A controversial bill proposed by Republicans in Washington state would allow businesses to use their “sincerely held religious beliefs” to openly discriminate against people based on their sexual orientation.
The bill carves out a specific exception to the state’s nondiscrimination law that says only federal protections - such as race, religion, or disability - apply when a person’s religious belief is “burdened.” As the bill states:
“Nothing in this section may burden a person or religious organization’s freedom of religion including, but not limited to, the right of an individual or entity to deny services if providing those goods or services would be contrary to the individual’s or entity owner’s sincerely held religious beliefs, philosophical beliefs, or matters of conscience. This subsection does not apply to the denial of services to individuals recognized as a protected class under federal law applicable to the state as of the effective date of this section. The right to act or refuse to act in a manner motivated by a sincerely held religious belief, philosophical belief, or matter of conscience may not be burdened unless the government proves that it has a compelling governmental interest in infringing the specific act or refusal to act and has used the least restrictive means to further that interest.”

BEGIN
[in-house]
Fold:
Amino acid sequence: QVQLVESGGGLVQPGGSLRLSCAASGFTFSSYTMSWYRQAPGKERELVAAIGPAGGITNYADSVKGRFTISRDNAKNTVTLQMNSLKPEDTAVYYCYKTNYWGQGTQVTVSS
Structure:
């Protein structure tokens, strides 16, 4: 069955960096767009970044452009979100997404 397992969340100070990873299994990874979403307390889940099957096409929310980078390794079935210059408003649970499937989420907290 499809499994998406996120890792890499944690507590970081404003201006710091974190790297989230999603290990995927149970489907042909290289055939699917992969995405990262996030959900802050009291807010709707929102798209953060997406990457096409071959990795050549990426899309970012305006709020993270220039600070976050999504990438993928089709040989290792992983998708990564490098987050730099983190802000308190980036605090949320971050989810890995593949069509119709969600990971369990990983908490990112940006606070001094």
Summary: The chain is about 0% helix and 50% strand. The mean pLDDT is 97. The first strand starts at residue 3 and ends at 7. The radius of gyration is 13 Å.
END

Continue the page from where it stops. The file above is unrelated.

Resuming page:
As expected, the bill has brought about a storm of public opinion, including one activist who called the bill’s sponsors to understand their reasons for supporting the act.
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His central question, “What are rural gays supposed to do if the only gas station or grocery store for miles won’t sell them gas and food?” has already elicited laughable responses from the bill’s supporters.
One such response, from a staffer at state Sen. Mike Hewitt’s (R) office, said, “Well, gay people can just grow their own food.”
Sen. Sharon Brown (R), the bill’s primary sponsor, has also come under fire in the past for her harsh stance against gay rights. Arlene’s Flowers, a business operating in Brown’s district, is currently facing two lawsuits because it refused to provide flowers for a same-sex wedding.
As far as her opinion on the matter involving Arlene’s Flowers, Brown said simply, “There’s a glaring lack of protection for religion in state law.”
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She argued that the bill is not intended to undermine the law or the rights or gays and lesbians in the state and isn't a commentary on same-sex marriage.
"The citizens of the state clearly weighed in on that issue," she said. "It's all intended to protect religious freedoms."